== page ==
This principle was also taken up by the Singapore Treaty in 2006, which states that “it is possible to register trademarks consisting of non-visible signs and thus color or scent marks. “».

 

 

  • The Distinctiveness Criteria

 

In order to be distinctive, the colour sign must must comply with the principles laid down by the Court, and in particular in its Libertel ruling of 6 May 2003:

(a) it is graphically represented in a clear, accurate, complete, lasting, objective, accessible and intelligible manner. For this purpose, it must be possible to convert this colour by means of an internationally recognised identification code ;

(b) the color sign must make it possible to distinguish the origin of the goods or services which it designates and it must be distinguishable from competing undertakings;

(c) it must be taken into consideration the public interest prevailing in the sector of activity for which the registration of the sign is requested ;

This assessment is made by the judge on the basis of the facts but also on the use that has been made of it.

 

 

  • Cases of counterfeiting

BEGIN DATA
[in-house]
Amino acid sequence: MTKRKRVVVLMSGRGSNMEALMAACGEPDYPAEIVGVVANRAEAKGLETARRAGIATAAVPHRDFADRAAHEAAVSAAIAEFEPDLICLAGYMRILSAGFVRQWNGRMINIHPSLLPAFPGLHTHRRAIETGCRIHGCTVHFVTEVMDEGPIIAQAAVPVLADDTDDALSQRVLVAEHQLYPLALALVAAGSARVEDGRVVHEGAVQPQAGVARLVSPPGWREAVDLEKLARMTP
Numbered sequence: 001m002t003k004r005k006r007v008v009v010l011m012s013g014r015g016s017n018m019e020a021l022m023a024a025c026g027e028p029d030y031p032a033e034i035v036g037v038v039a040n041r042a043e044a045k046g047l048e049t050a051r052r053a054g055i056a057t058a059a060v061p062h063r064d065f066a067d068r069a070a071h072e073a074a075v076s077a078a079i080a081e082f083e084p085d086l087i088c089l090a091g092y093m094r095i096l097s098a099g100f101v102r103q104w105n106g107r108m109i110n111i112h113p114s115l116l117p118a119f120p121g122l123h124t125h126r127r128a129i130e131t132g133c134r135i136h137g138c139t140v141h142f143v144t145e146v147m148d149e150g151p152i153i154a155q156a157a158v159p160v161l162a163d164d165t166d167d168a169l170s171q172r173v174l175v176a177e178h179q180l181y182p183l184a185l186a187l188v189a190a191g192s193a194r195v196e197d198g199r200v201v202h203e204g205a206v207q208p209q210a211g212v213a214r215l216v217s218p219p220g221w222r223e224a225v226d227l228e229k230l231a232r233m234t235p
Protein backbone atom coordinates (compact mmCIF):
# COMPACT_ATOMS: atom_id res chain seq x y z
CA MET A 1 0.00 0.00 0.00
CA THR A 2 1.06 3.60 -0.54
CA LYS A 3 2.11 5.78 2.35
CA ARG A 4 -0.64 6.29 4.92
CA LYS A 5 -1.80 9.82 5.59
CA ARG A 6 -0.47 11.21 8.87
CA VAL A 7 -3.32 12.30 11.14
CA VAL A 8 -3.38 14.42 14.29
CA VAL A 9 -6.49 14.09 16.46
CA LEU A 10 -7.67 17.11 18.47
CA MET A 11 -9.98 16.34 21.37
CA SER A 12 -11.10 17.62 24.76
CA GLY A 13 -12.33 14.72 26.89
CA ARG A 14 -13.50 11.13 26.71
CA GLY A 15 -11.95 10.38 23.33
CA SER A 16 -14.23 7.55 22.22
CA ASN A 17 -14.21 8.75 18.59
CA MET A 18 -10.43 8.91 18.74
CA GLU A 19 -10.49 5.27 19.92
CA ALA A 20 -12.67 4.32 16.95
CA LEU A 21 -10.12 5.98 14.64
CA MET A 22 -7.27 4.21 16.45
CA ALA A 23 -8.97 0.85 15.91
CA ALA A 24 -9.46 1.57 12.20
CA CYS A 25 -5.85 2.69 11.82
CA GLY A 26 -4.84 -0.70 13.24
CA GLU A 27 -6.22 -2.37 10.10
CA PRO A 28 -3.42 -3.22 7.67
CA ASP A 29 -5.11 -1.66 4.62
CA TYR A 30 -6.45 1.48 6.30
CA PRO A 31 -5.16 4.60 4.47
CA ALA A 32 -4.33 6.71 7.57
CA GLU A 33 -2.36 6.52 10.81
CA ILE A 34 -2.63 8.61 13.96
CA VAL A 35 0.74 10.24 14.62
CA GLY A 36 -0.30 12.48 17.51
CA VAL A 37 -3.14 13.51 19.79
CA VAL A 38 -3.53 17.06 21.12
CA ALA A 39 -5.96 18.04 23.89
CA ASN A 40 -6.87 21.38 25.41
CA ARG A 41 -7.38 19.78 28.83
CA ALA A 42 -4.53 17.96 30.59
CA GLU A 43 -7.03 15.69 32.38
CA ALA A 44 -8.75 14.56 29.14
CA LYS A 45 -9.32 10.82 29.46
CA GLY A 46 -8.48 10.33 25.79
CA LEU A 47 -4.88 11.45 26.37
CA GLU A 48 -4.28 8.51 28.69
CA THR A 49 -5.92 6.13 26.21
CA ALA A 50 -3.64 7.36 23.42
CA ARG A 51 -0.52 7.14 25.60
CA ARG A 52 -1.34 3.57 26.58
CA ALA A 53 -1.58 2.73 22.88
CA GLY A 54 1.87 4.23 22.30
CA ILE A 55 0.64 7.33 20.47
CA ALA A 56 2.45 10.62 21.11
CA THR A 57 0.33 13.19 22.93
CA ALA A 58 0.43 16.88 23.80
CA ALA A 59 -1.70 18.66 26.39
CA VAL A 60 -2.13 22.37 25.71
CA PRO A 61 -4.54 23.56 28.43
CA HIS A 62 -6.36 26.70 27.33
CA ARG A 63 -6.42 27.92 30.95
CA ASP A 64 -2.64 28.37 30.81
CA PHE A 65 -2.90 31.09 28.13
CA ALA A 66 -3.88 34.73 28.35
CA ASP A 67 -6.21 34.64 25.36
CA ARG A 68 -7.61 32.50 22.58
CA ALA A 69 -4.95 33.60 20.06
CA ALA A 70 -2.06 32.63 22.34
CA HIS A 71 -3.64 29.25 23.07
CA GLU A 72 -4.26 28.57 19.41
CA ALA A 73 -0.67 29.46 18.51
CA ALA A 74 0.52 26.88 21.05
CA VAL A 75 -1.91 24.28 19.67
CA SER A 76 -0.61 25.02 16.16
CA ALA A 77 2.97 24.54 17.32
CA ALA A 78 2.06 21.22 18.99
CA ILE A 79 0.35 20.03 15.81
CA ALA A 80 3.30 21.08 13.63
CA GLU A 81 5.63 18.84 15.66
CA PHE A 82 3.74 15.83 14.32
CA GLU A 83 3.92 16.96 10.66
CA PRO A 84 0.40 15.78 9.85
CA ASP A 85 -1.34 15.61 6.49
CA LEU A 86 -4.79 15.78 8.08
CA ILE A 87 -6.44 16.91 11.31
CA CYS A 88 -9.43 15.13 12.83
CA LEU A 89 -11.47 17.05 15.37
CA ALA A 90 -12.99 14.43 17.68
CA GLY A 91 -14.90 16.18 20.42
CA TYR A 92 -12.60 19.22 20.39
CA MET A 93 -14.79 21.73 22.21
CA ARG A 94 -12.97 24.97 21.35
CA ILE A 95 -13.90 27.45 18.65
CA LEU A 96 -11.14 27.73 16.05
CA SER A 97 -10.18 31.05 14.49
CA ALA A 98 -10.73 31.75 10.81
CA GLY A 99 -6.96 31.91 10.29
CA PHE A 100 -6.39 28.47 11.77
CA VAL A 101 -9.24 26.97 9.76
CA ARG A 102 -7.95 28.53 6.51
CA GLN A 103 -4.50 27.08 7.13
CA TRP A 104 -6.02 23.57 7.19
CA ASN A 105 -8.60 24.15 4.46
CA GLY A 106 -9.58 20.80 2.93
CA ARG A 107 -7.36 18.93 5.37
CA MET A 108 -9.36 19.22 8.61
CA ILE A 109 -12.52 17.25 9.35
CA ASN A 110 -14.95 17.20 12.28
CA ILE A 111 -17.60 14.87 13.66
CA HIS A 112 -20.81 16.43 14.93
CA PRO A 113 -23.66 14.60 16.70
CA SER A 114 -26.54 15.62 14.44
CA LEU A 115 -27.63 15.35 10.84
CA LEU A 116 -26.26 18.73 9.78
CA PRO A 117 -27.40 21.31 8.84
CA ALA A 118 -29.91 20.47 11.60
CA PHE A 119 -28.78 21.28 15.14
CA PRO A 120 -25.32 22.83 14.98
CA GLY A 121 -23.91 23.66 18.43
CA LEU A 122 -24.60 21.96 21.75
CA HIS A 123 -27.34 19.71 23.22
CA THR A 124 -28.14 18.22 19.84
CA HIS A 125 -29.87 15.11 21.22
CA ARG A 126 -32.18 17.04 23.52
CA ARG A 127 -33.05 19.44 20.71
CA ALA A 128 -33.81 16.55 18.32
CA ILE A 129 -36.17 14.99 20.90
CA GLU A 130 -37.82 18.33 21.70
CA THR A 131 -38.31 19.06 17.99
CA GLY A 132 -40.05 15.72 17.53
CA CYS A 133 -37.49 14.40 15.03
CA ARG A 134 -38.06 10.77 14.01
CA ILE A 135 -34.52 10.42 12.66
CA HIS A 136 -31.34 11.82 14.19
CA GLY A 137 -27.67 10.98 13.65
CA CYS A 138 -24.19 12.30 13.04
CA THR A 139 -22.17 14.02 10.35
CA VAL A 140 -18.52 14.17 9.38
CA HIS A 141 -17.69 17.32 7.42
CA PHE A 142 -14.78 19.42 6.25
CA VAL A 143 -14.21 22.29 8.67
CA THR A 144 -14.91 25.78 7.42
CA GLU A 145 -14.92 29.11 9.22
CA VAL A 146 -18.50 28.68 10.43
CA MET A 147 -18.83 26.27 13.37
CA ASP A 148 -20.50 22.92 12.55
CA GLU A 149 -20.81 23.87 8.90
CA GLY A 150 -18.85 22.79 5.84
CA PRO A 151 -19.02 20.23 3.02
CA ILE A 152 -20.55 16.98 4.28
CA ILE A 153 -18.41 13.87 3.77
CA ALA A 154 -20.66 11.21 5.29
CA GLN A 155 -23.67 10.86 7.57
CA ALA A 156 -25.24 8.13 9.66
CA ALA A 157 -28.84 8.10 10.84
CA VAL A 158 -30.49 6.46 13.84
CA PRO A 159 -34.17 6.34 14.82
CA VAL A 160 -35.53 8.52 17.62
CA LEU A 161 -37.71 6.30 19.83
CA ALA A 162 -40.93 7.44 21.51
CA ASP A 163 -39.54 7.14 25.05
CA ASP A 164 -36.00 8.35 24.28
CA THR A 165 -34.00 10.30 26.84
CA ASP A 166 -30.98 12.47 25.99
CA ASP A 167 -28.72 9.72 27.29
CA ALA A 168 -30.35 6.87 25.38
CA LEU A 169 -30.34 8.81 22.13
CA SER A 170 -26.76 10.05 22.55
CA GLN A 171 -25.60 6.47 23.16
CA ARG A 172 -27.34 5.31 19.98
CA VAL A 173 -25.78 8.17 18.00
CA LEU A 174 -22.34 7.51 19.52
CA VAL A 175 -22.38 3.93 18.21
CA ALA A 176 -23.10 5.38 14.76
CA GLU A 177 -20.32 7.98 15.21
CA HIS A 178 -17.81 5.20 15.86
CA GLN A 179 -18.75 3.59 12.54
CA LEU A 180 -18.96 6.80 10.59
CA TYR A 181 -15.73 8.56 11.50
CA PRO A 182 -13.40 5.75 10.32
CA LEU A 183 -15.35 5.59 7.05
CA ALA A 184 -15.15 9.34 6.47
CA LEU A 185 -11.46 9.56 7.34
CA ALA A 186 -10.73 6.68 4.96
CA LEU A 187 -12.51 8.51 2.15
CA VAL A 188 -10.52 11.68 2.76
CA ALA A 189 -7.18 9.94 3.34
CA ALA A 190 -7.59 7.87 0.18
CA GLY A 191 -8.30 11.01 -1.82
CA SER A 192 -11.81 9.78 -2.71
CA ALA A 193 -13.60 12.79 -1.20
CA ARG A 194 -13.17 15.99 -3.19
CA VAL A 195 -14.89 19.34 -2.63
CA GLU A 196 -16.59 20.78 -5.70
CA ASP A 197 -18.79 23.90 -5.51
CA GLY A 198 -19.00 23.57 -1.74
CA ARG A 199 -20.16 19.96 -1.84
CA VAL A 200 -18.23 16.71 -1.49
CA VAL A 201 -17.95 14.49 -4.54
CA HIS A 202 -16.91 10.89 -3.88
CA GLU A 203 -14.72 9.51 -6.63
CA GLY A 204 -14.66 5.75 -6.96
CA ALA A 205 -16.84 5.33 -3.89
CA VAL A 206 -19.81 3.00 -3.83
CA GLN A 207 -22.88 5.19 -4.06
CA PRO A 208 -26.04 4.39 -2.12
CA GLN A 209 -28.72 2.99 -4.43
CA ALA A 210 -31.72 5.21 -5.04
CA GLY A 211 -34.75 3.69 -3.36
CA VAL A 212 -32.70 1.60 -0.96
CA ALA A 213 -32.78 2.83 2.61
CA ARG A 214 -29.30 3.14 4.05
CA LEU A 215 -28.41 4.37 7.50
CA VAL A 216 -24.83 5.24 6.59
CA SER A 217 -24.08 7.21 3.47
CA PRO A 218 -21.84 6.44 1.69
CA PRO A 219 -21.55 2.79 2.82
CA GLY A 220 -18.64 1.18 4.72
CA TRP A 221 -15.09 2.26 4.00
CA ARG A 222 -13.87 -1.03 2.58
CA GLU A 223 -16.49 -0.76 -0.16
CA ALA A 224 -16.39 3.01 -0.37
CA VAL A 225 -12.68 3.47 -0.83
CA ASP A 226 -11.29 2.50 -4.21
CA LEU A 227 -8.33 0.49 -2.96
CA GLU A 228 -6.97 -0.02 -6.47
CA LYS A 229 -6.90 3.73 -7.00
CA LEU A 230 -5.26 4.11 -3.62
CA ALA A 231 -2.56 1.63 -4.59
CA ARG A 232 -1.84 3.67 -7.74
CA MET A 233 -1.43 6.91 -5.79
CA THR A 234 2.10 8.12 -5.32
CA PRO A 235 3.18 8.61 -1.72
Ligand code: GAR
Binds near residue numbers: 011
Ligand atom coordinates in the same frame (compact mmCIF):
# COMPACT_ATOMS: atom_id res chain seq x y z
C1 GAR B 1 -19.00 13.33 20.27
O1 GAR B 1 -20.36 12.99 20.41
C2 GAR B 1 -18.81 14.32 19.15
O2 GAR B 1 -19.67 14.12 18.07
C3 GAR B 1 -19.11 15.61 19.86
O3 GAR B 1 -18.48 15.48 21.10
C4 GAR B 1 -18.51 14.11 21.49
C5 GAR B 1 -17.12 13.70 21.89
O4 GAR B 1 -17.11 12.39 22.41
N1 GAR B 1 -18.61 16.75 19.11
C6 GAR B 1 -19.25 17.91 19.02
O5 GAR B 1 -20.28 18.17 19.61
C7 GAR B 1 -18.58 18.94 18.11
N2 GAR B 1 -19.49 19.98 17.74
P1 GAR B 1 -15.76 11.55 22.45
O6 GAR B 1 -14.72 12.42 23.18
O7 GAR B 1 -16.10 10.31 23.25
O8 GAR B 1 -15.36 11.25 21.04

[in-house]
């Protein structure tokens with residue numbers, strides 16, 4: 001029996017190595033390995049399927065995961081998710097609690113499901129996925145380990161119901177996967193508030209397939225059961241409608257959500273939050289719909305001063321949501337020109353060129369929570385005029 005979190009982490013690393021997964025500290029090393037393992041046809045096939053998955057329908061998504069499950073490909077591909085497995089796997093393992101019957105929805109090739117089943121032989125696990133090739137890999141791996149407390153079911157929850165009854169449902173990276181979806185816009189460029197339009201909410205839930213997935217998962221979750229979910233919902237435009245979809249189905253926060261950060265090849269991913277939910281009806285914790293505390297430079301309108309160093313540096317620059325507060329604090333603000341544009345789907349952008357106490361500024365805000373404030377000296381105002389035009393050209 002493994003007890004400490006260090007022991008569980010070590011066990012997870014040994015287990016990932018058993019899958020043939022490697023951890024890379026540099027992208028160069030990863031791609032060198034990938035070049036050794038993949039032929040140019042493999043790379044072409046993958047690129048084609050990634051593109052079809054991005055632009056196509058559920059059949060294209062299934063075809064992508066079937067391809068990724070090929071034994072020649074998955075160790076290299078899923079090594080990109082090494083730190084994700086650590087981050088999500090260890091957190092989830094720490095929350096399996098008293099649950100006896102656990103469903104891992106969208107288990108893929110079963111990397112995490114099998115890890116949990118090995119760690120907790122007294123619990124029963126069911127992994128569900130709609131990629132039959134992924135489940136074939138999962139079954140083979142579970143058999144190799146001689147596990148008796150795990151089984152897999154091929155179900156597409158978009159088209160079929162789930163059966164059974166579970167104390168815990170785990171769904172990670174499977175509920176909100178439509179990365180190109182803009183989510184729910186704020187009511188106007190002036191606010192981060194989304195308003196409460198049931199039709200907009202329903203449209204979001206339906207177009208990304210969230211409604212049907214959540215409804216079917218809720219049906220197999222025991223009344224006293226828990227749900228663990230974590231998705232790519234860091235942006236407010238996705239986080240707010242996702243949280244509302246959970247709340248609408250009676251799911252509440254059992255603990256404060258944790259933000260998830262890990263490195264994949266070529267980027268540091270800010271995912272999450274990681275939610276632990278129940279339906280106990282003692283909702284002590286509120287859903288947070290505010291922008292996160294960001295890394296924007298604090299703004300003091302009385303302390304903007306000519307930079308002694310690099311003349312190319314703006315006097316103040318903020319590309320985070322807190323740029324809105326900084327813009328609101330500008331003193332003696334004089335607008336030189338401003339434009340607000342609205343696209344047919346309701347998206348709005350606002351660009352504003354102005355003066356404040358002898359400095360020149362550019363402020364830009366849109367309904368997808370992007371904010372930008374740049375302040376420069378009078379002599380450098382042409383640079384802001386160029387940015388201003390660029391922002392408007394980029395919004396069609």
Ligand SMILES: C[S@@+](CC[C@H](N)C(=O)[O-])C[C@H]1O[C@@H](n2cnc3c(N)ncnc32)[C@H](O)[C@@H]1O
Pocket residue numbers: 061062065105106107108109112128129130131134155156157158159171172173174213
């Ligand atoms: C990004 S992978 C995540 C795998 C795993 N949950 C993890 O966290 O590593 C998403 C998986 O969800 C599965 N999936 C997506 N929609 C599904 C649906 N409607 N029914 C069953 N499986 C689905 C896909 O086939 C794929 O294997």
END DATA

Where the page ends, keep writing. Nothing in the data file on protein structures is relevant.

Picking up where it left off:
As an example, the infringement by imitation of a monochrome sign was admitted for the colour shade of pink pantone 212 by the High Court of Paris (Tribunal de Grande Instance de Paris) in a dispute concerning the two fuschia pink bands underlining the edges of the decoration of infant milk products between Candia and Blédina.

Similarly, the French Supreme Court upheld the infringement of a red label champagne trademark in a decision opposing Charles Laffitte Société and Pieper Heidsik Company on the grounds that the Court of Appeal, in a reasoned decision, examined the overall impression produced by these trademarks, and characterized the infringement by imitation as provided for in Article L. 713-3 of the French Intellectual Property Code.